Under the cloudlike mats, there is an unexpected array of biodiversity. But along with our awe is also the shocking realization of what we are doing to it.

DAMON: In one little chunk, look at all that.

DAMON (voice-over): There are also tinier pieces, hard to see but everywhere.

DAMON: You find little pieces like this throughout. I have to say, I was quite struck by the pieces that you actually can see, and hoe much of it is located down there.

DAMON (voice-over): Each time we got into the water, we found countless plastic pieces, all different shapes and sizes. Most plastic is not dumped directly into the ocean. Much of what you see has been discarded on land, traveling thousands of miles and breaking up along the way.

The Sargasso Sea in the North Atlantic is the world's only body of water without shores. It's defined by the currents of the North Atlantic Gyre, currents that also carry with them our plastic filth, making it one of the five ocean garbage patches.

ALEXANDRA GULICK, MARINE BIOLOGIST:: I think this one's a good one to do first.

UNIDENTIFIED FEMALE: Wow, there's big (ph) plastic in that spot. Got it.

DAMON (voice-over): Alexandra Gulick and Noreen (ph) Constant (ph) are marine biologists.

GULICK: Oh, these are bite marks, like animals taking bites.

DAMON: Really? Out of the plastic?

GULICK: Yeah, you can tell these are fish because they are little half circles.

DAMON (voice-over): The sargassum provides a habitat for baby turtles and fish, shrimp, plus hundreds of other marine organisms. In the oceans, degrading plastic becomes even more poisonous as it binds with other manmade chemical pollutants. All that toxicity ends up in the digestive systems of marine life, and travels up the food chain, all the way to our dinner plates.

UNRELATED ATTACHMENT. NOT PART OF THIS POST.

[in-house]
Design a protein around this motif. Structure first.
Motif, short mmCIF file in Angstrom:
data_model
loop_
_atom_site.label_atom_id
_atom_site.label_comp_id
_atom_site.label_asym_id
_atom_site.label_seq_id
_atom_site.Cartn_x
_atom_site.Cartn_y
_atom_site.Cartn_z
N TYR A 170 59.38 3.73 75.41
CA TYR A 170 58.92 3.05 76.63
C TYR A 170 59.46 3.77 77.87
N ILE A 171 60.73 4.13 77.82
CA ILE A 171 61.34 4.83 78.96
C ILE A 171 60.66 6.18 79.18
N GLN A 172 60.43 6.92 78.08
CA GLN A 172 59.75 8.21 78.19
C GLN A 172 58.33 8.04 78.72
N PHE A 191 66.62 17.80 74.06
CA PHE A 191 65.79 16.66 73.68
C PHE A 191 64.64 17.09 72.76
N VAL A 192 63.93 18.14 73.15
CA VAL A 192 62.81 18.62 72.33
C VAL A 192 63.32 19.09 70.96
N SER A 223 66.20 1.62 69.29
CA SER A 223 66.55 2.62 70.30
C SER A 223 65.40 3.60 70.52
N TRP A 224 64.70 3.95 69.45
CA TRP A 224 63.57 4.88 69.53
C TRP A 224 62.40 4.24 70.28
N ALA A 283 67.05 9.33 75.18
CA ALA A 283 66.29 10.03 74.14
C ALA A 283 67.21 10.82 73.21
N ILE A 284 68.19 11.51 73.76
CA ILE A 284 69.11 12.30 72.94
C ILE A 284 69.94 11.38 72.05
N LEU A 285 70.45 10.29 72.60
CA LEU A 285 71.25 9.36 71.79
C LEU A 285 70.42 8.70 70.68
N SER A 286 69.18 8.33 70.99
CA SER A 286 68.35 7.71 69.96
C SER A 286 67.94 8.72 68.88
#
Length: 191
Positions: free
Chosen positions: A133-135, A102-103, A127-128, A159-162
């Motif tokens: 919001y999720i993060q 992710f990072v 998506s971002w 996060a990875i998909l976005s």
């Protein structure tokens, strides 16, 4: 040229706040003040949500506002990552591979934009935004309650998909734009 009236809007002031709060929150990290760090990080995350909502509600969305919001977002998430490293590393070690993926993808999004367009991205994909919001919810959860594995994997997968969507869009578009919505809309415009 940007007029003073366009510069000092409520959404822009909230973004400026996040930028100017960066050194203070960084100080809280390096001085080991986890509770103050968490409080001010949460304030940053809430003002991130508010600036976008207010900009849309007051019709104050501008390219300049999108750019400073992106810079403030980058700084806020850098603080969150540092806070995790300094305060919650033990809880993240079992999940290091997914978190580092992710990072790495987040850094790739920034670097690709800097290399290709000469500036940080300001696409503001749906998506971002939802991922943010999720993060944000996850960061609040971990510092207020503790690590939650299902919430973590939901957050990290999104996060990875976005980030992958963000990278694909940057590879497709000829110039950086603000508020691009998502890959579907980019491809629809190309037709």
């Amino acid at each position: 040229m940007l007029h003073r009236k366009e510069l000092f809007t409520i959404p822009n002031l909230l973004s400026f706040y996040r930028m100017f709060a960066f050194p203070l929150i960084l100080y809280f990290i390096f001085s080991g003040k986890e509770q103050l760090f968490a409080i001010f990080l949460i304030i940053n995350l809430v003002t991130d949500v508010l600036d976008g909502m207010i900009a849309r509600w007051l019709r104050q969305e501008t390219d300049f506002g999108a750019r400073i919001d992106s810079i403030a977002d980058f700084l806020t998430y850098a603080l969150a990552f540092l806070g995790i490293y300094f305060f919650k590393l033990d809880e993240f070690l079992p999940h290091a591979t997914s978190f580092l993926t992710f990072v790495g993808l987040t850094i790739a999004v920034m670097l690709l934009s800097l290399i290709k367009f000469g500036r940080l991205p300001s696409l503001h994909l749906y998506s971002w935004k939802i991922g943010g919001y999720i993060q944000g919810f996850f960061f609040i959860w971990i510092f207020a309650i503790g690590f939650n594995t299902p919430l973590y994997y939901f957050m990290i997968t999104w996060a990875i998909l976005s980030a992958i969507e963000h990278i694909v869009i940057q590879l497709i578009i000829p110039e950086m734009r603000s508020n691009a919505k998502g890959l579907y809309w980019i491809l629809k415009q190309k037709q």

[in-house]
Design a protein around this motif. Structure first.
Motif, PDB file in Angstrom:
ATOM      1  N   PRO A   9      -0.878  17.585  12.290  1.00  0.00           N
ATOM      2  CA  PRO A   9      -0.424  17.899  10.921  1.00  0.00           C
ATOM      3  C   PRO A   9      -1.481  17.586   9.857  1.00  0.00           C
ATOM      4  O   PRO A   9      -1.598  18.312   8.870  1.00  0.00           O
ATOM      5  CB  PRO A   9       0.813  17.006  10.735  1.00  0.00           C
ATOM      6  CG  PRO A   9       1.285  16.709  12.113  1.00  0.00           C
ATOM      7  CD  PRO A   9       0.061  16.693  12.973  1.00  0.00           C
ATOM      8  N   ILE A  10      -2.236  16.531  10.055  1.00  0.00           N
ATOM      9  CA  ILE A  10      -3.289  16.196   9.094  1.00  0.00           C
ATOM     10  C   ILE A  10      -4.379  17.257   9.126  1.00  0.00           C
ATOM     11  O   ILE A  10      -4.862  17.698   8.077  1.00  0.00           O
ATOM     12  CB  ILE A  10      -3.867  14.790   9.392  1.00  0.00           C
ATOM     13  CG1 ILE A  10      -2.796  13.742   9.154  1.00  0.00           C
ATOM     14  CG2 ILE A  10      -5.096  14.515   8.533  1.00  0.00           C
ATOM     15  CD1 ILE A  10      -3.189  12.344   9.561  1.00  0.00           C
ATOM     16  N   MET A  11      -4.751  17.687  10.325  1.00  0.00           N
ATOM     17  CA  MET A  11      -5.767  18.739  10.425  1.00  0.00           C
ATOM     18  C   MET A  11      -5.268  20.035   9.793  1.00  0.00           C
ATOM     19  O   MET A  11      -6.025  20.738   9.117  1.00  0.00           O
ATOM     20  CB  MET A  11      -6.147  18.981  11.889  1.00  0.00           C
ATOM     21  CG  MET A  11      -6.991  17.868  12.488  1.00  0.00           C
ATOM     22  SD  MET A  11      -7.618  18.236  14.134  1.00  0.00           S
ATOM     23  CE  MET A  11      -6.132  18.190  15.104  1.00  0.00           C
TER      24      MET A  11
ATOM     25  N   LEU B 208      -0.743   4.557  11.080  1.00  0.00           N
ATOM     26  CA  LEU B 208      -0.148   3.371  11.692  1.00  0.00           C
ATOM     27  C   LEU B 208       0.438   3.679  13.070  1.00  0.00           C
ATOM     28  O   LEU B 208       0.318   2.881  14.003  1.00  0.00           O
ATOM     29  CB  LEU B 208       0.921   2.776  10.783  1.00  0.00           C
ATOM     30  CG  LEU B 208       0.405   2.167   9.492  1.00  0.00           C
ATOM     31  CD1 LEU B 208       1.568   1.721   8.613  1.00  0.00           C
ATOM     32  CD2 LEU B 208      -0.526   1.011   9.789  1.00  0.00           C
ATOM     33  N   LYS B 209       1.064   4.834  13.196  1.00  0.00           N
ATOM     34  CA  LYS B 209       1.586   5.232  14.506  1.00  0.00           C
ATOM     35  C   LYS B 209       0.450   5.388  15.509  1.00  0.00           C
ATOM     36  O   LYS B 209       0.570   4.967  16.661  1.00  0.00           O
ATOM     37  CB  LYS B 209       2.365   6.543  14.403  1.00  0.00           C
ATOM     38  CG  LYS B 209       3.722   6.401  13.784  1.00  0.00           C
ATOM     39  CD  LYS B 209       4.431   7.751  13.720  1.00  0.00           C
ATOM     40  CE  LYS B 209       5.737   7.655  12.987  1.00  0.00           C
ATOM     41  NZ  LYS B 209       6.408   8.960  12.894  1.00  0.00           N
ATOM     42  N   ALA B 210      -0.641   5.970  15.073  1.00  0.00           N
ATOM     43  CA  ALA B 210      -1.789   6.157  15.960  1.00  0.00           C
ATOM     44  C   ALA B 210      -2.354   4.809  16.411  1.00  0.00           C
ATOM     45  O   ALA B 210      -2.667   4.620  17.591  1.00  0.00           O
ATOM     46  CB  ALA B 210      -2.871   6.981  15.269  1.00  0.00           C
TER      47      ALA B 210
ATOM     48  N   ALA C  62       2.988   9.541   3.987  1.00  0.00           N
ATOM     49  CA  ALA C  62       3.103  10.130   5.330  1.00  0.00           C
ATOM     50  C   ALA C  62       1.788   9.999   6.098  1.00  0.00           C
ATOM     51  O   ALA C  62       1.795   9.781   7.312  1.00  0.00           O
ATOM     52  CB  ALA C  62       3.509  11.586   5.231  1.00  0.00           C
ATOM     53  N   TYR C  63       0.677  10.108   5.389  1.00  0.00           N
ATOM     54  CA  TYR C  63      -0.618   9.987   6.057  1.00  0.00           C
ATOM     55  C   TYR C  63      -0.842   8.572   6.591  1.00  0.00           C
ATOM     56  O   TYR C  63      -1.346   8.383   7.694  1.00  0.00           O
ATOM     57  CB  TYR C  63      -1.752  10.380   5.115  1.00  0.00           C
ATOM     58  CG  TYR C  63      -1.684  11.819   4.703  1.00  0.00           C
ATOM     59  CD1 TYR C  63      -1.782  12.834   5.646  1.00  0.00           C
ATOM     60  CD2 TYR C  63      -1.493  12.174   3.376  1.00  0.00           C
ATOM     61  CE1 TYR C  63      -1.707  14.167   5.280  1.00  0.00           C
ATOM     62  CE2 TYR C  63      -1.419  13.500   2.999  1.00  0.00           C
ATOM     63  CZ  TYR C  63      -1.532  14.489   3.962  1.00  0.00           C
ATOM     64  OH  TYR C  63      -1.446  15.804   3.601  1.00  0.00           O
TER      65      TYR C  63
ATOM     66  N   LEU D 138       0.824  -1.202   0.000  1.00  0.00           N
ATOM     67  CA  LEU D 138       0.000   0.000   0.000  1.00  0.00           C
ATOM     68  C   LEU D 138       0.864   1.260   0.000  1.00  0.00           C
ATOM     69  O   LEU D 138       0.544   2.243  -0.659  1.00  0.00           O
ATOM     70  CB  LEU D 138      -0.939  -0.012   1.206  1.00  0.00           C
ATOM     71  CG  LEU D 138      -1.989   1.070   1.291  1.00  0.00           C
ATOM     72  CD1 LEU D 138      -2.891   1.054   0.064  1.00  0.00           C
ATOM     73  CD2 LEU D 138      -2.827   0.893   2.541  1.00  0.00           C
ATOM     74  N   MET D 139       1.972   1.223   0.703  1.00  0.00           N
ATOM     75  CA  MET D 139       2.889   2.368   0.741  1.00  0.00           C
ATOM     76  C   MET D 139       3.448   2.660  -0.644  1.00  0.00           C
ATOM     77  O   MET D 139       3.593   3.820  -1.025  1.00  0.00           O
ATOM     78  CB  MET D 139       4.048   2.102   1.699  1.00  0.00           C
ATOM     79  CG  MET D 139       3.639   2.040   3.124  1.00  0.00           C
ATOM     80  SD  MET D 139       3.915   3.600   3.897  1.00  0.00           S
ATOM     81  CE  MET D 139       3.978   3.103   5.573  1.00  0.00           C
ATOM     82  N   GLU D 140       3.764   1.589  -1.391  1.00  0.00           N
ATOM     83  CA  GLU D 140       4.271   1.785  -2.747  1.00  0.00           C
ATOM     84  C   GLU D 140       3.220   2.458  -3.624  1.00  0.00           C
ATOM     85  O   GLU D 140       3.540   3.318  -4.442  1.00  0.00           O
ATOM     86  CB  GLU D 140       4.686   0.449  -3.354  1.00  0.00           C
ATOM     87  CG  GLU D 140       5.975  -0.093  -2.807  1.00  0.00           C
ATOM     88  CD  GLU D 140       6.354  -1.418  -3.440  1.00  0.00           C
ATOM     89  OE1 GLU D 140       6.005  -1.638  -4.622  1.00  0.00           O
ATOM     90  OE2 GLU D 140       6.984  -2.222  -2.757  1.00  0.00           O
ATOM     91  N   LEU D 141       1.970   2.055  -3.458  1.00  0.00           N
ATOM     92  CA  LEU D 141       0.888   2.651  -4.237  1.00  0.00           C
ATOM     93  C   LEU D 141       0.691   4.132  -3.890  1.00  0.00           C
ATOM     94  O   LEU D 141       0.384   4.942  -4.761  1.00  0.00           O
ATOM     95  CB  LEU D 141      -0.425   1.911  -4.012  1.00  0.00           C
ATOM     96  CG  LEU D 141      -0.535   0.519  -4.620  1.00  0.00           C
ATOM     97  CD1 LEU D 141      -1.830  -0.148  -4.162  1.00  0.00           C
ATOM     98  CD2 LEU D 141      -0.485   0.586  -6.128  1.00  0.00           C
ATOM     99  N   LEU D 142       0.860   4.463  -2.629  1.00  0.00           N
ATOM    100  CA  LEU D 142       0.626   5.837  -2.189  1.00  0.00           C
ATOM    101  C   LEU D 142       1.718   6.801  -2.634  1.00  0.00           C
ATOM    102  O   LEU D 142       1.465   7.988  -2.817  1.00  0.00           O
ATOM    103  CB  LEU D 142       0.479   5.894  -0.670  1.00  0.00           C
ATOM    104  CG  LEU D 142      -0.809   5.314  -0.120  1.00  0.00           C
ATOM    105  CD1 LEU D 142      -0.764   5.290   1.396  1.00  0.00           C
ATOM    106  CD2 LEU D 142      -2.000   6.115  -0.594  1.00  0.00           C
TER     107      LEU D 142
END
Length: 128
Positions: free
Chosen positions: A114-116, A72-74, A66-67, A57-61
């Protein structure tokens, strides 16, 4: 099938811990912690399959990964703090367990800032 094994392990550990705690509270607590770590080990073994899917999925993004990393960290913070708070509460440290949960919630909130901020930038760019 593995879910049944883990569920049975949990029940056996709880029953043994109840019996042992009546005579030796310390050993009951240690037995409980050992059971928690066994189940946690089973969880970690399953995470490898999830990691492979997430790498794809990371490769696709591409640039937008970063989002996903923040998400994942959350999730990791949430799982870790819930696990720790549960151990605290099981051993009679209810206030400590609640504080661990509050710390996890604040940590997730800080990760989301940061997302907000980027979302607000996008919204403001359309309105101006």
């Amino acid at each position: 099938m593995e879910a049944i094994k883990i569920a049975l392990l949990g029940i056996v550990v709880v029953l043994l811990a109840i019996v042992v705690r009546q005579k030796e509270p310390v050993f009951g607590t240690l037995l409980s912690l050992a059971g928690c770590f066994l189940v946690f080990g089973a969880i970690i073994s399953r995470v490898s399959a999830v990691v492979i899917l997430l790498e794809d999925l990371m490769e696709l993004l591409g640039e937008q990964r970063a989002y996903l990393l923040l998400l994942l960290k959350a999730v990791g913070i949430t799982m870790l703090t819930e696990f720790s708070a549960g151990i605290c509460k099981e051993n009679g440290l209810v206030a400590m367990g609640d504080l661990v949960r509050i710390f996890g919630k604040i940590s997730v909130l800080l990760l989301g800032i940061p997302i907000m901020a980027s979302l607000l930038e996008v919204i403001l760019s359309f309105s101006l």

On board the Esperanza, a manta trawl collects water samples, part of a Greenpeace study into microplastics in this remote body of water, and its broader campaign for a global oceans treaty.

DAMON: You can see quite a bit of plastic already, just when it's in here. Has this been fairly common in most of samples that have been coming up?

CELIA OJEDA, MARINE BIOLOGIST: Yeah, in most of the samples that we have been sampling, while there was sargassum in the sample, we have seen a lot of plastics because I think -- because they get entangled in the sargassum.

[10:55:01] DAMON (voice-over): The initial results of the study are alarming. In its samples, Greenpeace found similar or greater concentrations of microplastic to what they found in the notorious Great Pacific Garbage Patch last year.

OJEDA: we need to change our consumption, our patterns, the way we rule (ph) the planet, the way we do things.

DAMON: You have a son?


DAMON: When you see the way things are now, are you worried about his future?

OJEDA: Yes, I am. A lot. Because I think what -- with this and with climate change, what are we leaving them? It's insane.

DAMON (voice-over): Being out this far from land, you can't help but be struck by how interconnected our world is, and how destructive we are being to marine ecosystems. And with that, also to ourselves. Arwa Damon, CNN in the Sargasso Sea.


SCIUTTO: Just so harrowing there, incredible reporting from Arwa Damon, right in the middle of the ocean.

Thanks so much for joining us today. I'm Jim Sciutto in New York. We always appreciate you having us with -- you with us. "AT THIS HOUR WITH KATE BOLDUAN" will start right after a quick break.